By Robert Inglis
The Daily Item
LEWISBURG — One of my fondest memories growing up were around Christmas, setting up my grandfather’s Lionel train around the tree. I have a family pocket watch, from the New York Central train line, that worked for years.
Railroading, you could say, is in my blood, and when the chance arose Friday to ride in a train engine, I jumped aboard quickly.
Friday morning, nearly 90 National Railway Historical Society members and their guests excitedly hopped off buses to take photos of, then quickly board, three passenger cars for an excursion from Lewisburg to Winfield, and then to Allenwood.
Members came from as far as California, and from 29 other states.
It was a rare chance for anyone in the Valley to see the passenger cars in action.
“This is only the second time in about 15 years passenger cars have ridden on these lines,” North Shore Railroad director of operations Tom Avery said.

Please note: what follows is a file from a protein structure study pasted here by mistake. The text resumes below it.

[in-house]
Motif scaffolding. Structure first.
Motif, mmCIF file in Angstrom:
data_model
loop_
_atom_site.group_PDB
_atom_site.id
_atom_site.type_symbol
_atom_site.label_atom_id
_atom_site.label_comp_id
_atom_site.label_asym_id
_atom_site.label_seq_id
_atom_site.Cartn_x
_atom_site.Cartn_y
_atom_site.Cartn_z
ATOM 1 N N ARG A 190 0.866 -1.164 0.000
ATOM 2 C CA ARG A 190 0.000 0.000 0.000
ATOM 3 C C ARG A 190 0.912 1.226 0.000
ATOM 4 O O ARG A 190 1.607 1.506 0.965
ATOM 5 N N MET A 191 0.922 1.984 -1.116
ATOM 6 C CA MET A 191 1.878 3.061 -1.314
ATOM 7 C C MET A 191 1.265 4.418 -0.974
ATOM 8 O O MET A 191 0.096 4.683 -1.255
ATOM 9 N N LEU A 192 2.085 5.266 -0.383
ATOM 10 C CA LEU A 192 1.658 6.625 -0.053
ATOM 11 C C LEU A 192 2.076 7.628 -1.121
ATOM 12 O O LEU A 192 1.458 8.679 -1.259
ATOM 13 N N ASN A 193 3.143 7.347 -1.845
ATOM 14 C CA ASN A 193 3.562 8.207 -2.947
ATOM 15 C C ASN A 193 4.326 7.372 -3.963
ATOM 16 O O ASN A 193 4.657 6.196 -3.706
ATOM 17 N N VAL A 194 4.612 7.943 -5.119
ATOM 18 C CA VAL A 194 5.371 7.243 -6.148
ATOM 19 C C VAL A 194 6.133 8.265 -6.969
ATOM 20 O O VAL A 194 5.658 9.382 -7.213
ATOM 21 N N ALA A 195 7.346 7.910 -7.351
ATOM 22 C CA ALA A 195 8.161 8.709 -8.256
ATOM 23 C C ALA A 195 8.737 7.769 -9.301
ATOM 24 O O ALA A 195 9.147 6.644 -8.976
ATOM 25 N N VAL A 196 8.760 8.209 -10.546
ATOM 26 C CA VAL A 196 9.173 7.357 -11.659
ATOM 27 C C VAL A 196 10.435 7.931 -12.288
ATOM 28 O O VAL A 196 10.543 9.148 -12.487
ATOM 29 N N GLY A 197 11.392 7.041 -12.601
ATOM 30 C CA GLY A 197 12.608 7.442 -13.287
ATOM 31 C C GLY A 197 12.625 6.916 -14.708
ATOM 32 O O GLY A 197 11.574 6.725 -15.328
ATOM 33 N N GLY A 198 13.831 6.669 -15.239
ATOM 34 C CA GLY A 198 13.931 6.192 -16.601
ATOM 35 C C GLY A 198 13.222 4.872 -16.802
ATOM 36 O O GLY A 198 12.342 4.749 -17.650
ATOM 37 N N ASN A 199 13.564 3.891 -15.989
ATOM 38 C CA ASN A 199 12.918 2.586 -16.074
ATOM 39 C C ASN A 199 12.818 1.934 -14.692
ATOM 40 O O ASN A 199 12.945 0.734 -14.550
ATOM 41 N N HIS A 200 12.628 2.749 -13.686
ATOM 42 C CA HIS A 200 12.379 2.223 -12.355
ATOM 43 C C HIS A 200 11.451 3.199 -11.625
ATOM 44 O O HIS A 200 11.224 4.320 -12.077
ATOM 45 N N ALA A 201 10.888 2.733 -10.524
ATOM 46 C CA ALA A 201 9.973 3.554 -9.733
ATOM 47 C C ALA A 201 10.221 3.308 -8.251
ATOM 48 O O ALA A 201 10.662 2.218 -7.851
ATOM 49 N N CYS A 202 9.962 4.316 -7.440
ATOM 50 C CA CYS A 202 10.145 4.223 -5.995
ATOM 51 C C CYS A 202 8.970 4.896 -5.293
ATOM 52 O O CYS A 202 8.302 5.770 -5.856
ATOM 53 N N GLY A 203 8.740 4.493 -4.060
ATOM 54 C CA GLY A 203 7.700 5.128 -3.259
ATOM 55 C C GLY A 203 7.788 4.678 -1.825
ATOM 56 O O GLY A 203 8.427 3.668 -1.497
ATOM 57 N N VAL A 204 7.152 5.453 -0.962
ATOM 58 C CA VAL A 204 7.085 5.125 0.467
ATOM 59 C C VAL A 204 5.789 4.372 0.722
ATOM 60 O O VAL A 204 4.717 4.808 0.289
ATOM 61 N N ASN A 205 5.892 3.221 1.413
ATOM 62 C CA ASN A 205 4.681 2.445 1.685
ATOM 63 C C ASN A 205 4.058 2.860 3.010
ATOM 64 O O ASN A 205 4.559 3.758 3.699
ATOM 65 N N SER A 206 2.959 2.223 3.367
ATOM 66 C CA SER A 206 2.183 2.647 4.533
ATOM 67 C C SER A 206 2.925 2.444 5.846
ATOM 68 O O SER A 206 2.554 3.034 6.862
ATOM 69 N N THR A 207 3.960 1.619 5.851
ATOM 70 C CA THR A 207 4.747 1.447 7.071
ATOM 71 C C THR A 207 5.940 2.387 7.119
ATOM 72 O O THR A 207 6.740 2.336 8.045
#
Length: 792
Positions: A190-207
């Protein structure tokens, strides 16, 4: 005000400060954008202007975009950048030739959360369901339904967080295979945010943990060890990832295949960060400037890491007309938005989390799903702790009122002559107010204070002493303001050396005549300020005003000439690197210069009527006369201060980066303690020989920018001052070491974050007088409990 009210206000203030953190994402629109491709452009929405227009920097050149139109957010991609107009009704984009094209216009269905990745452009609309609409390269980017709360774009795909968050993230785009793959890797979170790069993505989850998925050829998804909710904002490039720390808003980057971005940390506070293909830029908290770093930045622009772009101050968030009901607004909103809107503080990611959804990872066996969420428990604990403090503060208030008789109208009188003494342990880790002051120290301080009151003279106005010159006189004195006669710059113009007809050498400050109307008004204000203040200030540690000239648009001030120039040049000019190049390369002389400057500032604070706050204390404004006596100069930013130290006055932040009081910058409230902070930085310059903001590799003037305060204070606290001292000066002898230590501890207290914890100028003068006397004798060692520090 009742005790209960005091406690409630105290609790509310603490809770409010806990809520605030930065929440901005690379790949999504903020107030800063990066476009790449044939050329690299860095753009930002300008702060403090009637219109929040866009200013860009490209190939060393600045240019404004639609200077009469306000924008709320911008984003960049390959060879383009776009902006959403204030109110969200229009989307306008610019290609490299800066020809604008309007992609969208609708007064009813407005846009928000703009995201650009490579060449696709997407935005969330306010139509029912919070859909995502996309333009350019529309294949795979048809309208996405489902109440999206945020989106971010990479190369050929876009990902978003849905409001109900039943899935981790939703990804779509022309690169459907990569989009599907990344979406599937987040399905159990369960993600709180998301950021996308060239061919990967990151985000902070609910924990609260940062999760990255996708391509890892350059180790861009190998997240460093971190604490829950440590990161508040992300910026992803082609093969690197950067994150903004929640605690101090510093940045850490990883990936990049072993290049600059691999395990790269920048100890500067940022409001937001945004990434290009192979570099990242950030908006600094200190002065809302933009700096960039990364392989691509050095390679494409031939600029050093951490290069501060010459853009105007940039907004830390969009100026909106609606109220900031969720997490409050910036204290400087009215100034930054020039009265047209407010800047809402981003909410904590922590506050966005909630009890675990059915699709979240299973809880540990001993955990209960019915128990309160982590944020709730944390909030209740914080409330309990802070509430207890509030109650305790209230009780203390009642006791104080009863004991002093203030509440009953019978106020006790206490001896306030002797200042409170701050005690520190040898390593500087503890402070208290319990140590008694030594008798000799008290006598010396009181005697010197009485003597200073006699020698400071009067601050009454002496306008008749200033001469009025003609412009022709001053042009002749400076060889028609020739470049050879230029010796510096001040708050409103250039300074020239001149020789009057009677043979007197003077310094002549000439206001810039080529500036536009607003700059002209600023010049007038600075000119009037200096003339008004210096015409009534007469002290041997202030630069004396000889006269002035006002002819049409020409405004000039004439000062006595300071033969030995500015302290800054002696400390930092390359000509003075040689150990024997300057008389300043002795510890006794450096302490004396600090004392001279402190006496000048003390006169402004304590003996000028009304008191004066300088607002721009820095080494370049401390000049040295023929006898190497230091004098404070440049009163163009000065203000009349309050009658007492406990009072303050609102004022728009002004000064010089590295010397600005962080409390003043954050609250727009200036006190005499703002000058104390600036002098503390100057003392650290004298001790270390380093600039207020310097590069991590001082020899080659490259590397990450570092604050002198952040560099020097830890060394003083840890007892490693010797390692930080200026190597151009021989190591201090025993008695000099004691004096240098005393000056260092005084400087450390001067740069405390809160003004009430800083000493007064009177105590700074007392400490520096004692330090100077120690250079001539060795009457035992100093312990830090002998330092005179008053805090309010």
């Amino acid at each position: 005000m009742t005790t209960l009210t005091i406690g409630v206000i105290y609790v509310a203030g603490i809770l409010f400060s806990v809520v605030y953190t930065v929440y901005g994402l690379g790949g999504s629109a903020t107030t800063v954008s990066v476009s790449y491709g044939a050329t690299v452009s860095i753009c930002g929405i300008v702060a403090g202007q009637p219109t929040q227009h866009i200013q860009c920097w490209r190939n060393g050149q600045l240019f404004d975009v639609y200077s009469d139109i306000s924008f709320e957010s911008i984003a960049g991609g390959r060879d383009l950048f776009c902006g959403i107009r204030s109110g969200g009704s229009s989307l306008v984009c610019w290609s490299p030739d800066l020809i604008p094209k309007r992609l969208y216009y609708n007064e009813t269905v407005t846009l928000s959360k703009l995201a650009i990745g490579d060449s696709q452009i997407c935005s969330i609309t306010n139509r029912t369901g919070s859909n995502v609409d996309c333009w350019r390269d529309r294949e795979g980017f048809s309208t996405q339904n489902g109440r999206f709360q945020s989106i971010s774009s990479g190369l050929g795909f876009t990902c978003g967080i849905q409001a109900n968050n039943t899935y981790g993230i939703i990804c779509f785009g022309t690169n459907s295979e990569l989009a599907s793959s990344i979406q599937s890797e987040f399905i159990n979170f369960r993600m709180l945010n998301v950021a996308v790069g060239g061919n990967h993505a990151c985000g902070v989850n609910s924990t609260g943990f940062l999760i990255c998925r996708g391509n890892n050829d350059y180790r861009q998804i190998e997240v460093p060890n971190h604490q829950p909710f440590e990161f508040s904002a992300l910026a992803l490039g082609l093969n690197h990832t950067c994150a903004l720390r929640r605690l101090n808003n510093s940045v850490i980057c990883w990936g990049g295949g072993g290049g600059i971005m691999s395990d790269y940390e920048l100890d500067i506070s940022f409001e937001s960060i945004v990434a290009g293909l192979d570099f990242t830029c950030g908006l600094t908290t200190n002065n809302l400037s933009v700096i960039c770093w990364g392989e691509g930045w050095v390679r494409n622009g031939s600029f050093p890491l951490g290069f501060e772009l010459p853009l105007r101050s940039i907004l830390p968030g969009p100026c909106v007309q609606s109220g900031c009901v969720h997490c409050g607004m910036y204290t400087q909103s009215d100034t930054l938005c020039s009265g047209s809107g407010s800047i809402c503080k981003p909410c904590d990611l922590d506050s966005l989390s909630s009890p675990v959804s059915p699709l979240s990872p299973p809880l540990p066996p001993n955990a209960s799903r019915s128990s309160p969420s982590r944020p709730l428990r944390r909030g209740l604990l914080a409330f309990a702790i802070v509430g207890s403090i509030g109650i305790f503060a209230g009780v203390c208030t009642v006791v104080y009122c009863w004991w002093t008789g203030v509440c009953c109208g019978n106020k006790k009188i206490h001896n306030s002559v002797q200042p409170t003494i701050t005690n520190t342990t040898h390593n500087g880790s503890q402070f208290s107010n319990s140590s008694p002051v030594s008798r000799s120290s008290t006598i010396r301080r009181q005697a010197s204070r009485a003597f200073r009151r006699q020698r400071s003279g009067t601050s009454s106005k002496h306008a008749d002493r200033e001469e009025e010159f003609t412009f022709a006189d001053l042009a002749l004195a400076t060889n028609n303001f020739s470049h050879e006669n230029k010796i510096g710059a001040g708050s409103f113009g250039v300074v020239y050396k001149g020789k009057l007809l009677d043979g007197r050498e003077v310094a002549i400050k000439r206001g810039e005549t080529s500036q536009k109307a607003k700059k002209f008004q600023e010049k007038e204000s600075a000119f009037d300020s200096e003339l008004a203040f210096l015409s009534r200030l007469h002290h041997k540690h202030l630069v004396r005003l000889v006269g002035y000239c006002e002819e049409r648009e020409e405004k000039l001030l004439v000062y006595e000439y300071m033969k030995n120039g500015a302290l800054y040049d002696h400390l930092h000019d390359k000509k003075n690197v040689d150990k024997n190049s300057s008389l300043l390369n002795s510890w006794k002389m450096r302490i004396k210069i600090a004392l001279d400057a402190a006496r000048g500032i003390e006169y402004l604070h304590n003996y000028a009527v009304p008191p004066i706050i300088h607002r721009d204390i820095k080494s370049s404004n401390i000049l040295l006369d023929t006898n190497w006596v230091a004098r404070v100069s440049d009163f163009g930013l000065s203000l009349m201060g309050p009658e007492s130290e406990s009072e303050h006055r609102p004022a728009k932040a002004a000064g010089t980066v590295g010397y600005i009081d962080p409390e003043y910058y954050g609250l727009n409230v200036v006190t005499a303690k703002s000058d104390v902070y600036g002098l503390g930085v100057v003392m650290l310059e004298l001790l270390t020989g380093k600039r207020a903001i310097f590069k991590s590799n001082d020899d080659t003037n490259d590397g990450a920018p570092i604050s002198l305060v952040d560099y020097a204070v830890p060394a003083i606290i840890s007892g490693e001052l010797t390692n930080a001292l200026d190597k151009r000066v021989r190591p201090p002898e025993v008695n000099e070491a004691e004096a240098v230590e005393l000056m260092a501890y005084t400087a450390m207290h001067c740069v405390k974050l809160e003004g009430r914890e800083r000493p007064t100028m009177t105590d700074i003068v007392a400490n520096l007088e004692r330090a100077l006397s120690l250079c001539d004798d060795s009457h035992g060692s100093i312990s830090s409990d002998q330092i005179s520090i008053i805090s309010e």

Just as rare was the visit to the Valley by the National Railway Historical Society.
“This is the first time the Central Pennsylvania chapter of the (society) has hosted the annual board of directors meeting,” chapter treasurer Larry Maynard said at a quick stop in Lewisburg at the borough building.
Onlookers chased after the train just to take photos and videos as it made its way down the tracks from Lewisburg to Winfield.
Engineer Brady Aunkst, of Milton, said: “I have the best job in the world” while running the train with the windows open and a nice breeze blowing in.
He and fellow engineer Mike Seese, of Northumberland, expertly guided the train at 10 mph.
“This is normally an industrial line for business,” Aunkst said while keeping an eye out for traffic at railroad crossings.
The ride provided guests scenic views of the Susquehanna River and different vantage points that one would not normally see of of local municipalities.